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Burnt condenser

  1. Mar 28, 2009 #1

    I am a physics teacher but I studied theoretical physics so I am not very good in experimental physics. Recently, I burnt a condenser but I have no idea why. I tried to charge it with about 10 volts. His capacity was 1000 microF and there was written 25 volts on it so what did I wrong? Must there be a resistance interconnected between the cables?

    Thanks for any help

  2. jcsd
  3. Mar 28, 2009 #2
    Was it an electrolytic capacitor?If so this must be connected with the correct polarity(+to+).If not it may have been just a faulty capacitor.
  4. Mar 28, 2009 #3
    If not due to incorrect polarity, is there any chance before it fried that it actually read 2.5 volts? In which case, 10 volts exceeded its rating by 4 times?
  5. Mar 28, 2009 #4
    I dont now if it was an electrolytic capacitor but it had a cylindrical form so it was sure wrapped with a dielectric. The polarity was correct and the capacitor was not faulty. In fact I burnt 2 capacitors because I also thought that the first one was faulty. The same thing happened with the second. I also controlled the voltage with a voltmeter which also measured around 10 volts. The amperage was zero at first then increased slowly. This was when it burned. Its really amazing.

    How long does it go normally to charge such a capacitor? And is it dangerous to touch it when it is charged?
  6. Mar 28, 2009 #5
    I will check this next time I will be at school but I am almost sure that it was 25 volts. What is usual for such a condensers of about 1cm diameter (0.4 inches) and long about 2cm (0.8 inches)?
  7. Mar 28, 2009 #6
    :surprisedFrom the shape of it it sounds like it was an electrolytic.The charging time depends on the resistance times the capacitance and if you connected it straight to the supply with no resistor it should charge in a fraction of a second the current dropping to zero and not rising.Did you use a power supply?If so there may have been an a.c. output component which zapped the dielectric shorting it out.Try using a battery.
  8. Mar 28, 2009 #7
    Prior to connecting the next cap, connect your DC voltmeter to your power supply, adjust to 10 volts DC. Then put your voltmeter in AC mode and measure for any AC component that may be on the output of your power supply. It it only reads a small ripple voltage (in the milli-volts), all is well enough with your supply.

    Next, try turning your supply voltage up to 2.5 volts ONLY and see if the next cap fries. Also, make certain negative is connected to negative, positive to positive.

    Sometimes the decimal point is difficult to see (not to imply that it isn't actually a 25 volt rated cap). Also, there's a chance you received a batch that were marked incorrectly.

    One last note, I've seen some caps that have a weird way of denoting which end is negative and which is positive that is, there's an arrow pointing to the end that's negative, but they have the minus sign stamped on the positive end of that arrow! So right off the bat, you think the negative end is where you've spotted the minus sign when it's actually as per the other end of that arrow. I thought this worthy of pointing out per the problem you're experiencing.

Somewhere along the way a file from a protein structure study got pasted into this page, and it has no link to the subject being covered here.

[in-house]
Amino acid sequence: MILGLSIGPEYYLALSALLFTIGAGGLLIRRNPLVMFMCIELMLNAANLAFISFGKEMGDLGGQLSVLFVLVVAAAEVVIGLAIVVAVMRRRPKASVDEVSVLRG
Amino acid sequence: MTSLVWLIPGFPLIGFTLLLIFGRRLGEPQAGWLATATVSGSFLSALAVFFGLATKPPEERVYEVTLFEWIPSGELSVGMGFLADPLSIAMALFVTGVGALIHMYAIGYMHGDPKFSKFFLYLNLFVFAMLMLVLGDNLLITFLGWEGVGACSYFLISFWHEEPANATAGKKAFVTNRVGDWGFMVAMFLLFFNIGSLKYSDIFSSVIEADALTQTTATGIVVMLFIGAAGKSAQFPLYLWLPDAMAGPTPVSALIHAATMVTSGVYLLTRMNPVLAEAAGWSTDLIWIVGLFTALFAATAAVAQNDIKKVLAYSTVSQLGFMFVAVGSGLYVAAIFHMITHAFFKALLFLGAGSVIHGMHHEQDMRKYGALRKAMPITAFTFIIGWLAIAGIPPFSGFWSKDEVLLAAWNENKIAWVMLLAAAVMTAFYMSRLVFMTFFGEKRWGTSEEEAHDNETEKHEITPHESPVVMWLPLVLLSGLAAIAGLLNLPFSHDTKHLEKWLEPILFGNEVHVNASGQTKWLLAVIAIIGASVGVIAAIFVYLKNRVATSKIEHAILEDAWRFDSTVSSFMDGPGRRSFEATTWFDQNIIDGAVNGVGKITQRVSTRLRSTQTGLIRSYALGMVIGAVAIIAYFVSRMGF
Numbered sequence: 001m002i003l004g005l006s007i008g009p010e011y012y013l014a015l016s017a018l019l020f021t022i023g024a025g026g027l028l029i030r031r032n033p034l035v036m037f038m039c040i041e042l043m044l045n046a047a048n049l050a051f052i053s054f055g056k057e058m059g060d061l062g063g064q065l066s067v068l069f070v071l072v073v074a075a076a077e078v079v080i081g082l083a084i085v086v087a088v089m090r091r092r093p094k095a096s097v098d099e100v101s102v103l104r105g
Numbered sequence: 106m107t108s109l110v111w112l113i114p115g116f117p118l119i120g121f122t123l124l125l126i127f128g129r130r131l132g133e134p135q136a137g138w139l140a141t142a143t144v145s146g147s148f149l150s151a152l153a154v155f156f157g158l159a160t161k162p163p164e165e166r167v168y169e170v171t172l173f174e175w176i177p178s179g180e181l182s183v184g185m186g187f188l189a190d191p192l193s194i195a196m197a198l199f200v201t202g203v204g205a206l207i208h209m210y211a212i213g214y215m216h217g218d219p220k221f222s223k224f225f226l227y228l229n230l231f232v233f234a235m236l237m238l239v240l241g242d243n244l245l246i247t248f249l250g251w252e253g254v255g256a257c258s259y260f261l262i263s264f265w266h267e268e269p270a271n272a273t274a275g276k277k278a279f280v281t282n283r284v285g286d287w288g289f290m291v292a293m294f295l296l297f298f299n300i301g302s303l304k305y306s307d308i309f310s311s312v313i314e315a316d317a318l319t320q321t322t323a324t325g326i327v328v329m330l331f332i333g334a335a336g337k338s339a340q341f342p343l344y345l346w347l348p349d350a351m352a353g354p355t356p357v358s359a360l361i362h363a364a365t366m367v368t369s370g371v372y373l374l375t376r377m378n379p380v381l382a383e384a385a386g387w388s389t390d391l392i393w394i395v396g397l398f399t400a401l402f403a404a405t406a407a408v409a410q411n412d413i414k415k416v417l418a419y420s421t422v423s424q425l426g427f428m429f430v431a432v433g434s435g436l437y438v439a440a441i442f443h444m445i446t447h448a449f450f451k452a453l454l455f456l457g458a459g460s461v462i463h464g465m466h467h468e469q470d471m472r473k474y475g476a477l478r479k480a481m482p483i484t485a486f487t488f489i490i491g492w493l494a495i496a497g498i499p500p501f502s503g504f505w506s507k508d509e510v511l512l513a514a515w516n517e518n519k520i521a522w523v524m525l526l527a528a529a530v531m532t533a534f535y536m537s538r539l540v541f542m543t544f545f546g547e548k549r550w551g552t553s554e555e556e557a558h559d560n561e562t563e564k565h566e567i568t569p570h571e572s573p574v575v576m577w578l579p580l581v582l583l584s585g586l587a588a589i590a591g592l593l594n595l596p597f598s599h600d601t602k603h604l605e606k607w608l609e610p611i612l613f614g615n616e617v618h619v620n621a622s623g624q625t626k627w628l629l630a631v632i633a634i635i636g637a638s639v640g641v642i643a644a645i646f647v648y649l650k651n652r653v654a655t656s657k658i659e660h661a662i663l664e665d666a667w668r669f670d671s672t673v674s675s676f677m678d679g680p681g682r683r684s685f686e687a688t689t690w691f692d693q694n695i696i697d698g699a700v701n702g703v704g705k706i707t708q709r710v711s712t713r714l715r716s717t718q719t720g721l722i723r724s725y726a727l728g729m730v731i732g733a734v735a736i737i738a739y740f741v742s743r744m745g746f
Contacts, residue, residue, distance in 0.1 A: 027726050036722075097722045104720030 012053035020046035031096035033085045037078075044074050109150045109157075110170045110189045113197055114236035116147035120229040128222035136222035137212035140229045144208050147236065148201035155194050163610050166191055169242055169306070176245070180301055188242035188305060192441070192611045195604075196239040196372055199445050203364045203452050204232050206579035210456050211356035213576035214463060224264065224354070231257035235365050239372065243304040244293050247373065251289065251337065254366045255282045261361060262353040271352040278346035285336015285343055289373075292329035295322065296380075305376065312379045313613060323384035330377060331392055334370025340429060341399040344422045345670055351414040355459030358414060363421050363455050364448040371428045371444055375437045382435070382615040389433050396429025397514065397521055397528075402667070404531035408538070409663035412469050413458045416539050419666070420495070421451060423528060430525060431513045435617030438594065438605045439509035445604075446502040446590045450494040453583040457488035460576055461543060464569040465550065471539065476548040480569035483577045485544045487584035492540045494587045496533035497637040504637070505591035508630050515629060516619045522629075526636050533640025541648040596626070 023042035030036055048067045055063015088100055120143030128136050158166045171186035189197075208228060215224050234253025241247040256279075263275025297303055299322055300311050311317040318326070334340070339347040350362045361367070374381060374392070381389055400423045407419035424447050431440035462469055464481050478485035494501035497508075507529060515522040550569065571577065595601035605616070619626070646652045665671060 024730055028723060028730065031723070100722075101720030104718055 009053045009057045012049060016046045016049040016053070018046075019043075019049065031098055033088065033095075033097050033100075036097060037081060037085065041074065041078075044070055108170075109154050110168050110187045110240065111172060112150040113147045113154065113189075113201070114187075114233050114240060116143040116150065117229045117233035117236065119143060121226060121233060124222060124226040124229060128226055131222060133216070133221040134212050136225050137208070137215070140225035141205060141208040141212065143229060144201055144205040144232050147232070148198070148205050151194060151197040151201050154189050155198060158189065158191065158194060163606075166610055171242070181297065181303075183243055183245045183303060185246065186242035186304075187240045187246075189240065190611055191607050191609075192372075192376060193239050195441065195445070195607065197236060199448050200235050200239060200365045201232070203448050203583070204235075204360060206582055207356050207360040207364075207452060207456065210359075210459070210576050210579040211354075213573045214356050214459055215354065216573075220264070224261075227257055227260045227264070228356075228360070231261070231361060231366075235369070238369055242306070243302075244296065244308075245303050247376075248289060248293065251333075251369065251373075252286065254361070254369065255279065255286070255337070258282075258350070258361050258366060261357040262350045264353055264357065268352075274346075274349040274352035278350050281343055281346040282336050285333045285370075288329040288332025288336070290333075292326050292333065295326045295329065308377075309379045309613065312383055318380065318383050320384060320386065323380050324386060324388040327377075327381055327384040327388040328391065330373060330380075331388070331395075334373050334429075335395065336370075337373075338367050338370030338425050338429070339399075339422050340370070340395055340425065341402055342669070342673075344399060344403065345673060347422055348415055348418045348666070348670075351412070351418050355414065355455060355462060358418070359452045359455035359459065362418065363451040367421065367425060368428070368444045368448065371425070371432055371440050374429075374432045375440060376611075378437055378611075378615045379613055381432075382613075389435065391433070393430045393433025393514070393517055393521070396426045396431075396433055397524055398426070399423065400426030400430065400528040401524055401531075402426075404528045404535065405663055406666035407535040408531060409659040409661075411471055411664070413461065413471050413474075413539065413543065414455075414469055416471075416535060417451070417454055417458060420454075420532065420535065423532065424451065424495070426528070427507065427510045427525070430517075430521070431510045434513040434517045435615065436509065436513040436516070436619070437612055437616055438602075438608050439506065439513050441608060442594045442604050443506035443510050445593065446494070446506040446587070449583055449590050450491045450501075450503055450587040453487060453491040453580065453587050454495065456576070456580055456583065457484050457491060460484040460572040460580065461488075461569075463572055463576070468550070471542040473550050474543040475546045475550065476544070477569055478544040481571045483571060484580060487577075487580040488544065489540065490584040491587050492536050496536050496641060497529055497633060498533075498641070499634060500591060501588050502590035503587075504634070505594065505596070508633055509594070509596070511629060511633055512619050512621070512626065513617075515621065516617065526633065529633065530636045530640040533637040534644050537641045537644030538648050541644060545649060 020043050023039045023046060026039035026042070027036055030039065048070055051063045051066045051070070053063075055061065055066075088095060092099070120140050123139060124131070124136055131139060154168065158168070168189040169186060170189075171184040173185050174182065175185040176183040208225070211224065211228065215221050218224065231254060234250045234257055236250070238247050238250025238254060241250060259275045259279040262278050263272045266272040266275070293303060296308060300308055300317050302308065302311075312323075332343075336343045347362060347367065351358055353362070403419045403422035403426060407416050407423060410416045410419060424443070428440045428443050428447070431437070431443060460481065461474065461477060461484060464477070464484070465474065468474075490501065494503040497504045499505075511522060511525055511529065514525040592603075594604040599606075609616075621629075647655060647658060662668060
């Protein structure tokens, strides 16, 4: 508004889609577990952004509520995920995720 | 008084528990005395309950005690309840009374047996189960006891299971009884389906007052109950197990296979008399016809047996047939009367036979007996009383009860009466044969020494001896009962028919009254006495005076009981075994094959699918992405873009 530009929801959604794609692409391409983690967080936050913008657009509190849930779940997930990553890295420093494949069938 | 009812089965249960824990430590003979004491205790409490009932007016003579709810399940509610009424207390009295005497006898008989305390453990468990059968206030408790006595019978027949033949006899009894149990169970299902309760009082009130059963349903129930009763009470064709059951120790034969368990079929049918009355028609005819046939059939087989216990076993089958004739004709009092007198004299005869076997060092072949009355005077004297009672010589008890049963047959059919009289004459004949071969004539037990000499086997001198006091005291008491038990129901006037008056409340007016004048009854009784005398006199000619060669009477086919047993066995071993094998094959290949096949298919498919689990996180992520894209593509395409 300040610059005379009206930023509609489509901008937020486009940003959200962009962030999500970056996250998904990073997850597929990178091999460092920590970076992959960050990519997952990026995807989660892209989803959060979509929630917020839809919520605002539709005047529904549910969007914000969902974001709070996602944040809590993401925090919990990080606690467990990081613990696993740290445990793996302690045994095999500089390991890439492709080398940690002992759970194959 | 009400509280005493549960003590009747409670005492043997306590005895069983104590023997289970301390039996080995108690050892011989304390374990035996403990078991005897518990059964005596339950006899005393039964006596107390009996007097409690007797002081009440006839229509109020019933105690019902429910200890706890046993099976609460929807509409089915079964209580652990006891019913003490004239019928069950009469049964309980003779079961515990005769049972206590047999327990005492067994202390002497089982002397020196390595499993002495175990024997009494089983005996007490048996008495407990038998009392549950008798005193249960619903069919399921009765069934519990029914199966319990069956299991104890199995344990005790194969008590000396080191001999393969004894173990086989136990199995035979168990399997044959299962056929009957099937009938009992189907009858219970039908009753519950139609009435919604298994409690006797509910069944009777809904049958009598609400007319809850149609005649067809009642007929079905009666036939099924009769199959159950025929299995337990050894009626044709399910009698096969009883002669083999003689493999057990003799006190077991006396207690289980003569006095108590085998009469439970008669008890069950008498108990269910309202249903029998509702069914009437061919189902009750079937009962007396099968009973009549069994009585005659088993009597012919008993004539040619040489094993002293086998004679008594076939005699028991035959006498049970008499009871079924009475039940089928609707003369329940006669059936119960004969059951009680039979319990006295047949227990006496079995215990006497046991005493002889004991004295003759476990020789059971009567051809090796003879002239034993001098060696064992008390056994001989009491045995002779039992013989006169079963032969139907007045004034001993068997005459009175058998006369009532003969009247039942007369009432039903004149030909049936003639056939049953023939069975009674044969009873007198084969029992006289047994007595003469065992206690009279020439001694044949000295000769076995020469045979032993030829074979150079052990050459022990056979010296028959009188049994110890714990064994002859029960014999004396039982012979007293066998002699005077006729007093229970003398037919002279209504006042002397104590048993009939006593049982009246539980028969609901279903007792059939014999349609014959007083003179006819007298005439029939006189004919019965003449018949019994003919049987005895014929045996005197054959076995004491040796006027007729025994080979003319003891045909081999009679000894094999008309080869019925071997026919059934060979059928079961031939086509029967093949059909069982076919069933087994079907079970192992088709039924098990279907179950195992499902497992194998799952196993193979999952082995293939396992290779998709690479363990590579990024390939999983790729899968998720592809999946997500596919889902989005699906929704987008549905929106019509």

Last edited: Mar 28, 2009
  9. Mar 29, 2009 #8
    Yes it was a power supply but I connected it for sure on DC.

    Thanks Gnosis, Ill try this out. Hope it will work. I wouldnt like to fry another cap in front of my students...
  10. Mar 29, 2009 #9


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    My thoughts on this.

    1. A voltage rating of 2.5 volts is a very uncommon for an electrolytic capacitor. I think 5.6 volts is the lowest rating I've ever seen in a regular type, though I have seen ratings as low as 3.9 volts for supercaps (these were several Farads capacity meant for stuff like CMOS memory backup). Anyway I suspect that the OP is correct in thinking it was 25V rated.

    2. A bad batch of capacitors is a possibility (though a fairly remote one).

    3. This is what I think is most likely. Common electrolytics are constructed using Aluminium however Tantalum types are also available. Tantalum electrolytic capacitors generally have more stable capacitance values and lower series impedance (especially at high frequencies) when compared with Al types. Tantalum capacitors are not usually meant to be used for bulk storage in the way that Al types are often connected directly across a DC supply (they are more suited for use in applications like timing and filter circuits). In fact they often don't have enough internal impedance to protect themselves from damage if they are suddenly slapped across a "voltage source" and indeed they often fail to a short circuit in this event.

    So it may be that the capacitors you have there are these Tantalum types. In that case you need a series resistance of at least a few ohms in series before connecting to an already running power supply.
    Last edited: Mar 29, 2009
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